Current Affairs in Egypt

Topics: Egypt, Hosni Mubarak, President of the United States Pages: 18 (6136 words) Published: February 7, 2011
Egypt’s Internet Cut Off, Egypt News, Egypt, Egypt Protest, Egypt Protests 2011 [pic]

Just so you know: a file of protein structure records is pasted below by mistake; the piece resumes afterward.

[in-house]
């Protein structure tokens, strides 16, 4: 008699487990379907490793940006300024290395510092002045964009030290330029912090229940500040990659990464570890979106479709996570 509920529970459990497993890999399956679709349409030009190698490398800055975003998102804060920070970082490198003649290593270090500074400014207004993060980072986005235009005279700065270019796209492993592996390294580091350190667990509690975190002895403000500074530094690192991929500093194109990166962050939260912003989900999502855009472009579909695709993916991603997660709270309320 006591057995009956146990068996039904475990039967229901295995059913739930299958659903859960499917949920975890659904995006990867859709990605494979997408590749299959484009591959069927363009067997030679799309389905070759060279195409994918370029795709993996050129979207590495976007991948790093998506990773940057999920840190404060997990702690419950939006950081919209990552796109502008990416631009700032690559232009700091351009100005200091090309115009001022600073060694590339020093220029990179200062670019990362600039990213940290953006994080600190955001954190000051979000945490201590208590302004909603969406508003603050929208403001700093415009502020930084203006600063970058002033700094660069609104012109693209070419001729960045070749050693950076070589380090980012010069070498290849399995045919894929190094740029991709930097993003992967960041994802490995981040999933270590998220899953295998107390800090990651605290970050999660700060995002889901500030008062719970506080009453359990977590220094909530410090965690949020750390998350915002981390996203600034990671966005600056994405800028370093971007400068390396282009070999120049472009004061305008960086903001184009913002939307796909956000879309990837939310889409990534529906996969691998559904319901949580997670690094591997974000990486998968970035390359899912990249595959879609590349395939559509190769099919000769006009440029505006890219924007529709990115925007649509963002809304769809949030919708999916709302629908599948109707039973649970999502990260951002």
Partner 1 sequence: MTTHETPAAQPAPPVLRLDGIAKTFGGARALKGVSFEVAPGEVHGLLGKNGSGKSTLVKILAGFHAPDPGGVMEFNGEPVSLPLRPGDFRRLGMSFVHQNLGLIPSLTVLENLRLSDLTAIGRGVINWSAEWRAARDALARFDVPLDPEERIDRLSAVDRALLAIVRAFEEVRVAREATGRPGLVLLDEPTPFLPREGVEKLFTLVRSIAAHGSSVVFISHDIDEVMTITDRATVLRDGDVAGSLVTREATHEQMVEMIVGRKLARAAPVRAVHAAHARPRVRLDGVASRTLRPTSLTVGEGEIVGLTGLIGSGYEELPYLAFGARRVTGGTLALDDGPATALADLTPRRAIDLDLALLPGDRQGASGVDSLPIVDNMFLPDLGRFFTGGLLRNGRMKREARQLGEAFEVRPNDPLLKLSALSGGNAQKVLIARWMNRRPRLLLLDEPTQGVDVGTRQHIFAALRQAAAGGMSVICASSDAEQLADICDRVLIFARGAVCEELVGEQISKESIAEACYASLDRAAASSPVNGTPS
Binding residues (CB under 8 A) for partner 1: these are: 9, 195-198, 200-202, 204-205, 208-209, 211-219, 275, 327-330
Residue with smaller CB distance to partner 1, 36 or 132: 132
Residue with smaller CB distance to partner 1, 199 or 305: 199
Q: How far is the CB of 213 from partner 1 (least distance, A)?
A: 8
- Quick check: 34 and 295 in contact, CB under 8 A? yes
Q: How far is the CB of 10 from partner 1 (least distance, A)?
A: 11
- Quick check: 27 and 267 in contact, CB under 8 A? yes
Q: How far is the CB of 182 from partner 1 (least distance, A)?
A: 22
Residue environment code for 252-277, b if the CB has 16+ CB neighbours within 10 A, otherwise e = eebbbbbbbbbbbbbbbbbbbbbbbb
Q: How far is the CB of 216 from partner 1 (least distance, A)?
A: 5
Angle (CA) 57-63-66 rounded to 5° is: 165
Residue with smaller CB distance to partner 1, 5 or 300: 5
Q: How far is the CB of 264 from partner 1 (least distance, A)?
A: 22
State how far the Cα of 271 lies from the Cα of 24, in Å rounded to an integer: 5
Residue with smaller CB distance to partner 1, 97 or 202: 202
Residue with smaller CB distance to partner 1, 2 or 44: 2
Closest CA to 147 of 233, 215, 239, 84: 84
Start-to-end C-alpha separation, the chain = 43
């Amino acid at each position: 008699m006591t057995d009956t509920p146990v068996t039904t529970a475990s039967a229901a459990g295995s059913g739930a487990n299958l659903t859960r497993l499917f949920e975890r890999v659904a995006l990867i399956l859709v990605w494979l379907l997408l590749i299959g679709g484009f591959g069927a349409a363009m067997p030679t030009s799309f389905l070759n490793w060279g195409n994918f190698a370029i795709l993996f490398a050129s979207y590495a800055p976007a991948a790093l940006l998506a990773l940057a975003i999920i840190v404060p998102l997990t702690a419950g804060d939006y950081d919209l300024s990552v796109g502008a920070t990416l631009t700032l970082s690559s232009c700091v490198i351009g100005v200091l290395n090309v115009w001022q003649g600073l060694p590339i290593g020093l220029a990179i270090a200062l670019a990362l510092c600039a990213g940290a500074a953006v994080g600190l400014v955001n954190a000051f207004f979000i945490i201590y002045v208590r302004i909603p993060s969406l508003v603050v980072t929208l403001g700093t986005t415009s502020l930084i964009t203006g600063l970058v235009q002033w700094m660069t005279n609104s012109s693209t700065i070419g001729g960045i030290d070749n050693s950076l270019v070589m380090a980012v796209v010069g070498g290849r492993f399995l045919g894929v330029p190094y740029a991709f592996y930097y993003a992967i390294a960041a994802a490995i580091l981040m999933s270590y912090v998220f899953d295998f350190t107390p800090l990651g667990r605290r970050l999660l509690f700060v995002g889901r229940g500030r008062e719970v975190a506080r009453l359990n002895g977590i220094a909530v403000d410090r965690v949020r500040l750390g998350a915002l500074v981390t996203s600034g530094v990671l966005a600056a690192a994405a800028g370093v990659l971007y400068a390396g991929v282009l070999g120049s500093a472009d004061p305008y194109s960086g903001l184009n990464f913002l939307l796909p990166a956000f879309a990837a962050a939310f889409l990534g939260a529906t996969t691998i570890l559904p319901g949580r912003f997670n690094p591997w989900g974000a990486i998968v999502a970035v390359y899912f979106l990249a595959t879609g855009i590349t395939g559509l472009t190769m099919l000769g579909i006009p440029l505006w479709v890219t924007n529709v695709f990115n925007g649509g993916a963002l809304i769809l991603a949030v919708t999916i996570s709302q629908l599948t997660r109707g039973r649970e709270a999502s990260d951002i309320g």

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Tens of thousands of Egyptian demonstrators took to the streets on 25 January, young and old, Muslim and Christian, rich and poor, educated and not so-educated. They all chanted “Long live Egypt”, “Life, liberty and human dignity” and “Down with the Mubarak regime”. The day marked for the celebration of Police Day was dubbed the Day of Rage. The protests, which continued through a second day in almost every part of the country, are showing no signs of abating on the third day, with a million-strong march scheduled for Friday. These demonstrations are sending shivers down the spine not only of the regime but of its friends and allies as well. The scale of the protests came as a blow to all those who have been betting that a sleeping dragon will continue its slumber. For three decades now, Egyptians have been kept on a tight leash, fed more with promises than with bread. They were cajoled into compliance by a media that has the interests of the regime at heart and a religious establishment that owes its allegiance and existence to the state, but were often threatened into submission by the force of the baton if they refused to comply. Egyptian grievances are numerous. They have seen neither the fruits of peace nor of the huge economic growth that Egypt is reported to be making in international economic indices. What they experience on a daily basis is endless queuing for inedible bread and suffocating traffic congestion as the police force is increasingly burdened with the task of protecting the regime and its men. There were also demonstrations last month calling for a minimum monthly wage of 1,200 Egyptian pounds (roughly £130). Too much, said the government. It could only promise to institute a minimum wage of 400LE (£43). This is hardly surprising from a government made up of businesspeople who no doubt have a vested interest in keeping wages as low as possible. The spokesmen of the regime shamelessly argued that it was a fair wage to expect. For some years now, the Mubarak regime has been heading for disaster. With rampant unemployment, soaring prices and a 30-year long state of emergency, its popularity has dropped to an all-time low. But more importantly, it has repeatedly shown its total disregard for public opinion, a disregard that would have amounted to political suicide under any other system. An obvious example is the rigged parliamentary elections of November 2010, which were perhaps the worst in Egypt’s history. The ruling National Democratic party had the audacity to announce that these elections were one of the fairest in Egypt’s history. Ahmed Ezz, the iron-tycoon-turned-politician and one of the new guard at the NDP, who is known to have masterminded the electoral operation, triumphantly announced the results. He stated that the landslide victory that secured 98% of the parliamentary seats for the ruling party was the result of its popularity on the streets and the fruit of the hard work of its members. The initial call for the Day of Rage was made by young Facebook activists inspired by the success of Tunisians in overthrowing Ben Ali. The Facebook invitation for the protests received 95,000 positive responses. Other forces and opposition groups later responded to the call, including the Muslim Brotherhood, whose participation has so far been quite low-key. For the first time in decades, Egyptian protesters went out in unprecedented numbers across the whole country with one slogan: “People want the regime to fall”. They made their demands clear. Mubarak should step down, the illegal parliament be dissolved and emergency law be suspended. The call was for the whole country to rally and unite, and there were no religious chants or slogans. The reaction of the regime to the protests so far has been pathetically inadequate. It shows that this regime is still in denial. While Mubarak kept his silence,...
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